The Netherlands has the highest car density in the world
Last week I linked to a video by Mark Wagenbuur that showed what bicycle rush hour looks like at Utrecht Central Station. If you watched that video you may think that the Netherlands is a relatively car-free country, but the opposite is true (as anyone acquainted with Dutch traffic jams can attest).
If you look at cars per square kilometre, The Netherlands, Japan and Belgium (in that order) lead the world by a wide margin. Not surprisingly, these three countries are both densely populated (skip the microstates for a second, and the Netherlands becomes the most densely populated country in the world) and fairly rich (positions 4, 14 and 19 respectively, again after discarding microstates).
If you look at the number of cars per household, the Netherlands is somewhere in the middle of the pack (400 cars per 1,000 people). Here, the US leads with 92% of the households owning a car (but in New York City less than 50% of households own a car).
It would seem that car ownership is both a function of income and available space and parking, but income is also a function of space, with high population density going hand in hand with low incomes.
Local governments try and find a balance between letting people own their cars and having a liveable environment. As we’ve reported before, some Dutch cities are trying to reduce the number of cars in the enviroment (others try to get rid of bicycles too) by cranking up parking fees.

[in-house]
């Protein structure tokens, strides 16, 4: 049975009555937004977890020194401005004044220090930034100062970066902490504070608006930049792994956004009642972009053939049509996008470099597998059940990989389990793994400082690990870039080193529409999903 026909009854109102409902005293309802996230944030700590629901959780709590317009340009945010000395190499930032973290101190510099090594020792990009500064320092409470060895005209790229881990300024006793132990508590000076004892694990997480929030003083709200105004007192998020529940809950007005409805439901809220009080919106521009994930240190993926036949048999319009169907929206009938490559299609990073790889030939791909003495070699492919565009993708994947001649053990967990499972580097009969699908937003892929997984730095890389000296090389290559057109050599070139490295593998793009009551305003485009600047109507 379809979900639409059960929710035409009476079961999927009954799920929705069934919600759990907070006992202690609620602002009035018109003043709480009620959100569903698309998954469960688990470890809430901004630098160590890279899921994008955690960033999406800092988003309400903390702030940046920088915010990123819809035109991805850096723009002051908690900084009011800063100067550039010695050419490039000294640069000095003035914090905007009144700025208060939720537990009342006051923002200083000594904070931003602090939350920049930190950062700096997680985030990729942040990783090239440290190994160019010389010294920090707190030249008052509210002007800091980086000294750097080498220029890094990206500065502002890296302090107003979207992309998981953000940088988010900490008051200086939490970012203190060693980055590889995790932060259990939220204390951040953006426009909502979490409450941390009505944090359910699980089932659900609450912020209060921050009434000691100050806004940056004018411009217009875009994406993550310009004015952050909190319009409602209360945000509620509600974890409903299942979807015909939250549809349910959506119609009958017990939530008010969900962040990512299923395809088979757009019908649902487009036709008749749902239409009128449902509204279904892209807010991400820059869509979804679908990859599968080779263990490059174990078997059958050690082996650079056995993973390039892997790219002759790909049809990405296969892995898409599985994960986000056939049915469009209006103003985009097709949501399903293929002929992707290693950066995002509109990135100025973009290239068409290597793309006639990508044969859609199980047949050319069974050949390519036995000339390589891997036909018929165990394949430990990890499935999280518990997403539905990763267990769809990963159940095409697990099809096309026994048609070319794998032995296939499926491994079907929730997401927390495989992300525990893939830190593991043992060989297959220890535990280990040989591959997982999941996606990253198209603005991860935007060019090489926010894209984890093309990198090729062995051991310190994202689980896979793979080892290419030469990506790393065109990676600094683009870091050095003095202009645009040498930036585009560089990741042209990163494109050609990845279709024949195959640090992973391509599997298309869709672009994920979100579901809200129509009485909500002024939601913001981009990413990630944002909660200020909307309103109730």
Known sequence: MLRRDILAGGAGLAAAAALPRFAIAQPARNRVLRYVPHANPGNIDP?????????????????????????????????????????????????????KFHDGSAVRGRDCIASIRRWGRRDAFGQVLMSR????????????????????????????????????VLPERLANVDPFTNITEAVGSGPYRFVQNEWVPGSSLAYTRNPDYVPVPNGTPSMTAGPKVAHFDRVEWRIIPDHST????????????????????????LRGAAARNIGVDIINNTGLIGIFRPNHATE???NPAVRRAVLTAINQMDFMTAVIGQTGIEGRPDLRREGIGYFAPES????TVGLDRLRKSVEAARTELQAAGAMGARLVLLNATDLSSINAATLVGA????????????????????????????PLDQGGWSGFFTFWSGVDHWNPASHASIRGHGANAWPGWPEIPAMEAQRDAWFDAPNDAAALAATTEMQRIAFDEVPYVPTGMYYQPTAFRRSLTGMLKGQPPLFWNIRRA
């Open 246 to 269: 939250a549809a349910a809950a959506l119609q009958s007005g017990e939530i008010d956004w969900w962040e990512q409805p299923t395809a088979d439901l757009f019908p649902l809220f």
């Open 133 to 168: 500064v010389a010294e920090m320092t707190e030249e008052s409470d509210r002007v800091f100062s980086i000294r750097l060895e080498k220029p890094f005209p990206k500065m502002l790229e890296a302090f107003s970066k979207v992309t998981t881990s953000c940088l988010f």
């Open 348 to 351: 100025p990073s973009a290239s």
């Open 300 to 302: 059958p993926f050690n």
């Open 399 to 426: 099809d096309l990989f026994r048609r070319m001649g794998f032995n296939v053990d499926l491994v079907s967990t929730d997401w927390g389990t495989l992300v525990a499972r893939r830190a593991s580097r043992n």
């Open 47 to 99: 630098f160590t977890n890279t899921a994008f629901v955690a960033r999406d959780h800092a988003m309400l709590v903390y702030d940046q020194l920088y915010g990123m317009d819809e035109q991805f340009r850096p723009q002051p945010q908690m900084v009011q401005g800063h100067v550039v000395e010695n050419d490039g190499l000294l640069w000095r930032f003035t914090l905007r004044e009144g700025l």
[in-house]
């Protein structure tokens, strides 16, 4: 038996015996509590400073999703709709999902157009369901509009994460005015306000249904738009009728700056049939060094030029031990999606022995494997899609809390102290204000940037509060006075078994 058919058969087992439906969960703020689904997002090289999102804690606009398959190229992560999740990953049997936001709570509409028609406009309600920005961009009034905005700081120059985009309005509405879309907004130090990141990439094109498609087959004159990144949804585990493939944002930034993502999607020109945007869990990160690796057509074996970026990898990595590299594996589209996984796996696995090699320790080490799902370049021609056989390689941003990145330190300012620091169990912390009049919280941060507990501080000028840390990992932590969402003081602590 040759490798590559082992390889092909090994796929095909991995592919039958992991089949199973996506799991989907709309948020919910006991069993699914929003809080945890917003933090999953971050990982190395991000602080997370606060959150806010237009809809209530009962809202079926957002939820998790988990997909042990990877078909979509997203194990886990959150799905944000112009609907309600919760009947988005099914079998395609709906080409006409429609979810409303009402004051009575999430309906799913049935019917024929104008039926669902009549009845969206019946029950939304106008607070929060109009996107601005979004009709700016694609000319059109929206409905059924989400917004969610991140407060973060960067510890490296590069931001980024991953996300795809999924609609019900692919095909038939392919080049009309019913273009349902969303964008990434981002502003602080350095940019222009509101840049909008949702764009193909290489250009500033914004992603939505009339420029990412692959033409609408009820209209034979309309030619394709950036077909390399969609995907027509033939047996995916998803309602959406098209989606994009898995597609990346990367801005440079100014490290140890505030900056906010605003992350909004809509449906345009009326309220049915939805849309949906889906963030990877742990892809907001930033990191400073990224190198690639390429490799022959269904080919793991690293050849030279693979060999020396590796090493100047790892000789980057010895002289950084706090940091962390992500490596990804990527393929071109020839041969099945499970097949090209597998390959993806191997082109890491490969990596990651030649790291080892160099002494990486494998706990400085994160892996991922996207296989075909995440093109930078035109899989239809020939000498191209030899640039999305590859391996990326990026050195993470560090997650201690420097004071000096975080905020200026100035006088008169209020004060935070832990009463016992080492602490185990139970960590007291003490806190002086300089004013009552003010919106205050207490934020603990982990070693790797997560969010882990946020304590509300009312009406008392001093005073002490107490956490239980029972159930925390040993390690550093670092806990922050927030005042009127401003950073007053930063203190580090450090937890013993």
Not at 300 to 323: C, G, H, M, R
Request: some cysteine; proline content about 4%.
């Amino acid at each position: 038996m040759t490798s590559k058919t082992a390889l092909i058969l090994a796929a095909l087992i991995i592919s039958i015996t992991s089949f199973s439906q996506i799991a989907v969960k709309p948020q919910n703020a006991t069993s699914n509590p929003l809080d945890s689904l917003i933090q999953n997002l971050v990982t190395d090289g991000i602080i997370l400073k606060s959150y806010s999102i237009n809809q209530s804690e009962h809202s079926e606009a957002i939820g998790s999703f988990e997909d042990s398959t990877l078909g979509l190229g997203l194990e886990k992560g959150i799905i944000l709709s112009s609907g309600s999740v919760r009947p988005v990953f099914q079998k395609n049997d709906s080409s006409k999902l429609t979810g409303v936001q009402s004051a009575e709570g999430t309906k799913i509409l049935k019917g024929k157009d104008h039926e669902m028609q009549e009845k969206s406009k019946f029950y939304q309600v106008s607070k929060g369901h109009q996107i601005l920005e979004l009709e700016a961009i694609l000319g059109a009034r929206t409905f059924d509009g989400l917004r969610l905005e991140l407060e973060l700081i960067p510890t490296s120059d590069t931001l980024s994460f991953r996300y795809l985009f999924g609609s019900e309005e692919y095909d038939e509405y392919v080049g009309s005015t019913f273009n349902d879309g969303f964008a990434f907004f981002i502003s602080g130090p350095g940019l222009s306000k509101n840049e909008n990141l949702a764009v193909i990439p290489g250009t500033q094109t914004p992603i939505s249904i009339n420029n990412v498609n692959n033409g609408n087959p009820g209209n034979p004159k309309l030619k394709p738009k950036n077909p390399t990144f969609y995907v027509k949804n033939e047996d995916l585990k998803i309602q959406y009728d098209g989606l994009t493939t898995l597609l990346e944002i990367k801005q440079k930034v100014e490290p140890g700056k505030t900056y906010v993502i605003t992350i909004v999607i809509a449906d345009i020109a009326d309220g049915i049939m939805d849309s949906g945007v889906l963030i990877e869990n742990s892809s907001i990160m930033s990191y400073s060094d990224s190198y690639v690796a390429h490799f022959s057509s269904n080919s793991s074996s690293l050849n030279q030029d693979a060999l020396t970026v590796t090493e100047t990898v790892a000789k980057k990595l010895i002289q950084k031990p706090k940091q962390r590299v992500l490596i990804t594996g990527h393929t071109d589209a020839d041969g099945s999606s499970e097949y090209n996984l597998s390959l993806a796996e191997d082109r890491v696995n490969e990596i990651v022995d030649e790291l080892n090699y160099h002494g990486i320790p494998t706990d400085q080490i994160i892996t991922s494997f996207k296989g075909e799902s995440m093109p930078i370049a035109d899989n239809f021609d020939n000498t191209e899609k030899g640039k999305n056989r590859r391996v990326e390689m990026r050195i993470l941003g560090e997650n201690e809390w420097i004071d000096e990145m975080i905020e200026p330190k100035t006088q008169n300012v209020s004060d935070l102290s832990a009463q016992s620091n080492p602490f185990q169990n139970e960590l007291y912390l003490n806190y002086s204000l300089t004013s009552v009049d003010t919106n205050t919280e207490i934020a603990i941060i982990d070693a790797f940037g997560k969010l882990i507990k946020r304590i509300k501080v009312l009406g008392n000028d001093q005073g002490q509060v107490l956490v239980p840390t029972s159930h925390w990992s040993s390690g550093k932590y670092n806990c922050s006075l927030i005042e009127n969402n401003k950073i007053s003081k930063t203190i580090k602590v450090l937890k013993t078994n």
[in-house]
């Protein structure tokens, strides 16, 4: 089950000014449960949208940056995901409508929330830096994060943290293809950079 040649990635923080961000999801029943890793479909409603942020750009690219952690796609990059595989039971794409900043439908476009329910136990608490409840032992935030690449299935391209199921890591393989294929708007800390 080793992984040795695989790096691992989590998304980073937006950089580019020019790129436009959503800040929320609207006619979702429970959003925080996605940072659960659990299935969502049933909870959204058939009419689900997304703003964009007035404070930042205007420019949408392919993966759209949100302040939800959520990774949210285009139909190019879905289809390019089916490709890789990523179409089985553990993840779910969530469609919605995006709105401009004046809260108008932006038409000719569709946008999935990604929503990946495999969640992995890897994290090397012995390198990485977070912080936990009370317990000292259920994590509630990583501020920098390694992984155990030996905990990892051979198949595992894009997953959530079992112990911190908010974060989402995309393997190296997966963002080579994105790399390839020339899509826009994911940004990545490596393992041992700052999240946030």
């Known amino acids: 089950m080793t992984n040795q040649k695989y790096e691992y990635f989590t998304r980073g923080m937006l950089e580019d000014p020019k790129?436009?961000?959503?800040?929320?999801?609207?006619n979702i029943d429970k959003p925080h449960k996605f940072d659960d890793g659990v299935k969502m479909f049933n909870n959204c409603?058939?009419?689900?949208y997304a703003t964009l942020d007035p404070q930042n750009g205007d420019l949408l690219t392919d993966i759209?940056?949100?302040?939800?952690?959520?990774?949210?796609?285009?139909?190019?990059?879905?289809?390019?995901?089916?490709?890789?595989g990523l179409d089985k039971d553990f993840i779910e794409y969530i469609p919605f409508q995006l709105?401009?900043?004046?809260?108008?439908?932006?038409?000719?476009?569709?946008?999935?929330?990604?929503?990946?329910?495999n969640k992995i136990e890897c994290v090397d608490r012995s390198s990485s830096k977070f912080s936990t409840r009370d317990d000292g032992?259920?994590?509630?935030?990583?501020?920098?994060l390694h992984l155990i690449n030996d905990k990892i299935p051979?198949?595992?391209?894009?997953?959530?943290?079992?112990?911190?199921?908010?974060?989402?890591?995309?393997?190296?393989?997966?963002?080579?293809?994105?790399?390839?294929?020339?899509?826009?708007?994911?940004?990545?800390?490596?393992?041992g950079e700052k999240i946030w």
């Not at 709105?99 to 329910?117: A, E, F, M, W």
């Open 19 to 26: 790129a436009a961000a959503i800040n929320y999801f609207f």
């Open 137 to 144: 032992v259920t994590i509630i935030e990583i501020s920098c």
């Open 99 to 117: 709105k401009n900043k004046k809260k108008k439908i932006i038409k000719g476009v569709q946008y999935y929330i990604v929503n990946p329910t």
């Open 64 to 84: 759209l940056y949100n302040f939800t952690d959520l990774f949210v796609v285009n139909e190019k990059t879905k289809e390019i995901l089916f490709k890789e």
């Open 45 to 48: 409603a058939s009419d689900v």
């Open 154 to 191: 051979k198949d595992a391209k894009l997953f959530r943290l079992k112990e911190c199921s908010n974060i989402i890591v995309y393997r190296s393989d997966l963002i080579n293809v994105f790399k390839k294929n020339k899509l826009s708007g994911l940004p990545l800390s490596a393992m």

What it means to be a country of car lovers is shown by the second entry of author John Scalzi’s list on Being Poor:
Being poor is having to keep buying $800 cars because they’re what you can afford, and then having the cars break down on you, because there’s not an $800 car in America that’s worth a damn.
In the Netherlands, if you own a car you are not poor, unless you live in your car. On the other hand, like in New York, plenty of well-to-do Dutch people do not own a car simply because they have no use for one.
In case this posting has just wet your appetite for more of Mark Wagenbuur’s mesmerizing videos, here is his latest:
(The video is of a road frequented by cyclists in Utrecht. Note the foreigner at 1.41. The photo is of the traffic jam in Zoetermeer, at around 6 pm. The traffic jam there starts around 4 pm.)